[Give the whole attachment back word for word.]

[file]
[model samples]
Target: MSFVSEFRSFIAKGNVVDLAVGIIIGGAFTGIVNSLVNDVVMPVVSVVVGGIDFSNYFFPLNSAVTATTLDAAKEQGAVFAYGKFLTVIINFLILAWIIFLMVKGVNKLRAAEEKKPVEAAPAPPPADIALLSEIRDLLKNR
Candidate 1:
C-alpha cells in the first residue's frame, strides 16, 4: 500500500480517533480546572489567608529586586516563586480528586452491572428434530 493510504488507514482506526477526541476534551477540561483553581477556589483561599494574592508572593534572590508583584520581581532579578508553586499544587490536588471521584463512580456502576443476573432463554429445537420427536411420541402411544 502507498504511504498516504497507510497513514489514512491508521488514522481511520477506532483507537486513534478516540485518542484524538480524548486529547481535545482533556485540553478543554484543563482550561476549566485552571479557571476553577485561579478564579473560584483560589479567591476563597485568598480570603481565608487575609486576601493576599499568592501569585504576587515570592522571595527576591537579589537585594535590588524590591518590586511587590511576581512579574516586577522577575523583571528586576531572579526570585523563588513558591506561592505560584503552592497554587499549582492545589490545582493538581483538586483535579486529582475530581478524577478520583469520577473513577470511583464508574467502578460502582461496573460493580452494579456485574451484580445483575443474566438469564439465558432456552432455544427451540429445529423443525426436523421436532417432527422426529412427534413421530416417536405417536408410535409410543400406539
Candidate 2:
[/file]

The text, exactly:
[model samples]
Target: MSFVSEFRSFIAKGNVVDLAVGIIIGGAFTGIVNSLVNDVVMPVVSVVVGGIDFSNYFFPLNSAVTATTLDAAKEQGAVFAYGKFLTVIINFLILAWIIFLMVKGVNKLRAAEEKKPVEAAPAPPPADIALLSEIRDLLKNR
Candidate 1:
C-alpha cells in the first residue's frame, strides 16, 4: 500500500480517533480546572489567608529586586516563586480528586452491572428434530 493510504488507514482506526477526541476534551477540561483553581477556589483561599494574592508572593534572590508583584520581581532579578508553586499544587490536588471521584463512580456502576443476573432463554429445537420427536411420541402411544 502507498504511504498516504497507510497513514489514512491508521488514522481511520477506532483507537486513534478516540485518542484524538480524548486529547481535545482533556485540553478543554484543563482550561476549566485552571479557571476553577485561579478564579473560584483560589479567591476563597485568598480570603481565608487575609486576601493576599499568592501569585504576587515570592522571595527576591537579589537585594535590588524590591518590586511587590511576581512579574516586577522577575523583571528586576531572579526570585523563588513558591506561592505560584503552592497554587499549582492545589490545582493538581483538586483535579486529582475530581478524577478520583469520577473513577470511583464508574467502578460502582461496573460493580452494579456485574451484580445483575443474566438469564439465558432456552432455544427451540429445529423443525426436523421436532417432527422426529412427534413421530416417536405417536408410535409410543400406539
Candidate 2: